Friday, April 8, 2016
New language blunders to add to my collection of amusing stories
Sometimes the Italian teenagers we meet here are shy about trying out their halting English skills, even though most of them study English several times a week. I’m sure they’re afraid to make a brutta figura by mispronouncing words or using bad grammar, a fear I completely understand but have, for the most part, overcome. It is essential for us to communicate somehow, even if only badly. Learning to laugh at oneself is an important life skill!
I recently had an article published in Fra Noi, a Chicago-based magazine for Italian Americans, about humorous blunders I’ve made or been told about. Several of the stories came from our missionary friends Steve and Patti Gray, and when I thanked them for their help, they told me two anecdotes that I hadn’t heard before that are worth passing on.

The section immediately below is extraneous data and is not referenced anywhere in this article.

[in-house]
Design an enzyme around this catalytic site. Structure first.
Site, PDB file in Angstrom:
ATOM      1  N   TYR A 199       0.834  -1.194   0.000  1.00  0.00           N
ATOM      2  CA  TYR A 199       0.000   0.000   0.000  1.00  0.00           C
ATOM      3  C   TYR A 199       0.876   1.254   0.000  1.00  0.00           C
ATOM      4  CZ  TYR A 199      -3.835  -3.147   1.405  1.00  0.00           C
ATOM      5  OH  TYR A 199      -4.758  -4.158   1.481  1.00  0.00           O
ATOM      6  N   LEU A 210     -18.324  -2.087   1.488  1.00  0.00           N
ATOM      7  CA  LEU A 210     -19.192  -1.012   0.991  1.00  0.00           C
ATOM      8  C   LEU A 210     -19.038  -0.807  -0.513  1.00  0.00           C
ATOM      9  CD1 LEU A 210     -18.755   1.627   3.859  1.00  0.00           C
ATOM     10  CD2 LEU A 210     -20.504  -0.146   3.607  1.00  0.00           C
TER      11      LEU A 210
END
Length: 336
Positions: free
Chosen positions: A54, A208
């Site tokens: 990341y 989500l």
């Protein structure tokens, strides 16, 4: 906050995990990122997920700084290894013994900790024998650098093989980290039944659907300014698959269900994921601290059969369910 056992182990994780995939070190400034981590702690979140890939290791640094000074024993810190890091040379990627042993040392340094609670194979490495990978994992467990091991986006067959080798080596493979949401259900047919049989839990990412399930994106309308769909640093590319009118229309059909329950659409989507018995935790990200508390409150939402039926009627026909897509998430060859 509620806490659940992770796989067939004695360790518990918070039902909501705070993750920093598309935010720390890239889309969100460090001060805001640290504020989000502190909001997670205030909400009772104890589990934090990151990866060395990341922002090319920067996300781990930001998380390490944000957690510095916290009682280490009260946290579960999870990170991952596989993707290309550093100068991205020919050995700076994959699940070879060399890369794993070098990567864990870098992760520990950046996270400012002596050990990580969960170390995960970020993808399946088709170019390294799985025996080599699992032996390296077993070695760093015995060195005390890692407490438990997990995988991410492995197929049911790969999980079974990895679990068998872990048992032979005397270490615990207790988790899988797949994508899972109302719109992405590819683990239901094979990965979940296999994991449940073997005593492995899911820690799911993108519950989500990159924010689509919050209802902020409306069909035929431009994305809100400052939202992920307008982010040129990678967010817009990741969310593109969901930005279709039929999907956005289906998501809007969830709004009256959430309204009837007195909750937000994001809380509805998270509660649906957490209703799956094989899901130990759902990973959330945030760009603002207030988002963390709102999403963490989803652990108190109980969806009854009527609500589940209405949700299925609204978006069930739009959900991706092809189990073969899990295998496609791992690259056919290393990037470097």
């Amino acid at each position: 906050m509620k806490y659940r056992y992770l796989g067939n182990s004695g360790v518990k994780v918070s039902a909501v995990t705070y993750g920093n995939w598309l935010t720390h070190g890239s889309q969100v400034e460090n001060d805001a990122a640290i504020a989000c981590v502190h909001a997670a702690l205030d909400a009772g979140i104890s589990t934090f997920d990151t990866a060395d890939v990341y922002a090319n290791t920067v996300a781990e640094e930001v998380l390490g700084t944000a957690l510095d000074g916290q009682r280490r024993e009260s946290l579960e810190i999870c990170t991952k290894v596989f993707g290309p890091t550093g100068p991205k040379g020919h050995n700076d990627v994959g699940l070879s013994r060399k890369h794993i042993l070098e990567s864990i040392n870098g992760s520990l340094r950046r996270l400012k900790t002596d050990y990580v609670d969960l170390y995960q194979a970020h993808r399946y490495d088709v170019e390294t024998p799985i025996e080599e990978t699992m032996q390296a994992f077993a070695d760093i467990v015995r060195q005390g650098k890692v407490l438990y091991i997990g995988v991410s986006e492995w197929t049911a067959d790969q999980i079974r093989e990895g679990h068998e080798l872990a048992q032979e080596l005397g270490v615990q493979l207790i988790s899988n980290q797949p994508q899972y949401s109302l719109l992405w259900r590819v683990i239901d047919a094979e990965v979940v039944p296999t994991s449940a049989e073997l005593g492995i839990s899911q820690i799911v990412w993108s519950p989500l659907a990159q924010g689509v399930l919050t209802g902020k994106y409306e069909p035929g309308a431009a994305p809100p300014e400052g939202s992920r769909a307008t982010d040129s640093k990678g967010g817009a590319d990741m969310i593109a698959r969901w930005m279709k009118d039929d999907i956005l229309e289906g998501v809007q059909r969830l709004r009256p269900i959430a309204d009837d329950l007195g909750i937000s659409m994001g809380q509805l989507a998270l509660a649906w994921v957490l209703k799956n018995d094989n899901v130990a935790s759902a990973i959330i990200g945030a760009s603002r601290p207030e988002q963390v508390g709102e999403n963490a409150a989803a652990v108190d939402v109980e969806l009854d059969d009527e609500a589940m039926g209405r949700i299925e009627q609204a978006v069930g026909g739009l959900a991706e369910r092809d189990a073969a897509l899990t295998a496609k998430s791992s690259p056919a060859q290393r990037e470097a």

Both were made by their friend and co-worker Terry Paretti. On one occasion, he was introducing a visiting pastor who had come from Germany, and he repeatedly used the phrase pastore tedesco, which means German pastor. However, pastore means shepherd, even though it can also refer to the leader of a church flock, a pastor. Grammatically, it was correct, but because of the famous breed of dog, a German pastor should be referred to as “un pastore dalla Germania,” a pastor from Germany. Terry’s reference elicited polite smiles from his Italian-speaking audience each time he referred to the wonderful dog who would soon be addressing the people.
The other instance also involves a famous German, Martin Luther, who was the topic of one of Terry’s sermons. In Italian, Luther’s name is Lutero. However, the accent should be on the second syllable instead of the first, but Terry didn’t know that, so he repeatedly mispronounced the name. This wouldn’t have been worth mentioning, except that there is another almost identical word, l’utero, with an accent on the first syllable. Utero is uterus, so he gave a sermon on Martin the Uterus.
The Fra Noi article is not available for viewing online without a subscription, but I will scan in the pages so you can at least see the fine artwork done by my niece Gina (Spadoni) Lillie. Most of the stories in the article I’ve already published in these two earlier blog entries, and it may be easier to read them there: